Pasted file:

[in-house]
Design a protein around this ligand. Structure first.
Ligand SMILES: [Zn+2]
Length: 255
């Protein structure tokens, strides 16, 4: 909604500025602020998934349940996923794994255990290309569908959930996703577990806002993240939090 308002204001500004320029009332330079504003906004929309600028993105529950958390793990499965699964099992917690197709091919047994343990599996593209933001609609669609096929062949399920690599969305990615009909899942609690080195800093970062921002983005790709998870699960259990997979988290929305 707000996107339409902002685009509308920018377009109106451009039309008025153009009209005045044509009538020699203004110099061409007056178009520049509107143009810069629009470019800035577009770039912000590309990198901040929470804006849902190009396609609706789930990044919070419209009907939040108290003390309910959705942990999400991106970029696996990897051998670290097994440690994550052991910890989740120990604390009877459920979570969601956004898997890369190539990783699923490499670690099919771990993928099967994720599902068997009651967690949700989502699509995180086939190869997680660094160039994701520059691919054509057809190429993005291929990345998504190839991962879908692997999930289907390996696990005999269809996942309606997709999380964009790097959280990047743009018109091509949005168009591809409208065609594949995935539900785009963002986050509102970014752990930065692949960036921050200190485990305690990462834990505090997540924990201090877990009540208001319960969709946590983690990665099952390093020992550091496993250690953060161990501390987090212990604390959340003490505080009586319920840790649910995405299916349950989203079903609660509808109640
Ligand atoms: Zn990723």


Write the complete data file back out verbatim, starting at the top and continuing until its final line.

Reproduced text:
[in-house]
Design a protein around this ligand. Structure first.
Ligand SMILES: [Zn+2]
Length: 255
């Protein structure tokens, strides 16, 4: 909604500025602020998934349940996923794994255990290309569908959930996703577990806002993240939090 308002204001500004320029009332330079504003906004929309600028993105529950958390793990499965699964099992917690197709091919047994343990599996593209933001609609669609096929062949399920690599969305990615009909899942609690080195800093970062921002983005790709998870699960259990997979988290929305 707000996107339409902002685009509308920018377009109106451009039309008025153009009209005045044509009538020699203004110099061409007056178009520049509107143009810069629009470019800035577009770039912000590309990198901040929470804006849902190009396609609706789930990044919070419209009907939040108290003390309910959705942990999400991106970029696996990897051998670290097994440690994550052991910890989740120990604390009877459920979570969601956004898997890369190539990783699923490499670690099919771990993928099967994720599902068997009651967690949700989502699509995180086939190869997680660094160039994701520059691919054509057809190429993005291929990345998504190839991962879908692997999930289907390996696990005999269809996942309606997709999380964009790097959280990047743009018109091509949005168009591809409208065609594949995935539900785009963002986050509102970014752990930065692949960036921050200190485990305690990462834990505090997540924990201090877990009540208001319960969709946590983690990665099952390093020992550091496993250690953060161990501390987090212990604390959340003490505080009586319920840790649910995405299916349950989203079903609660509808109640
Ligand atoms: Zn990723």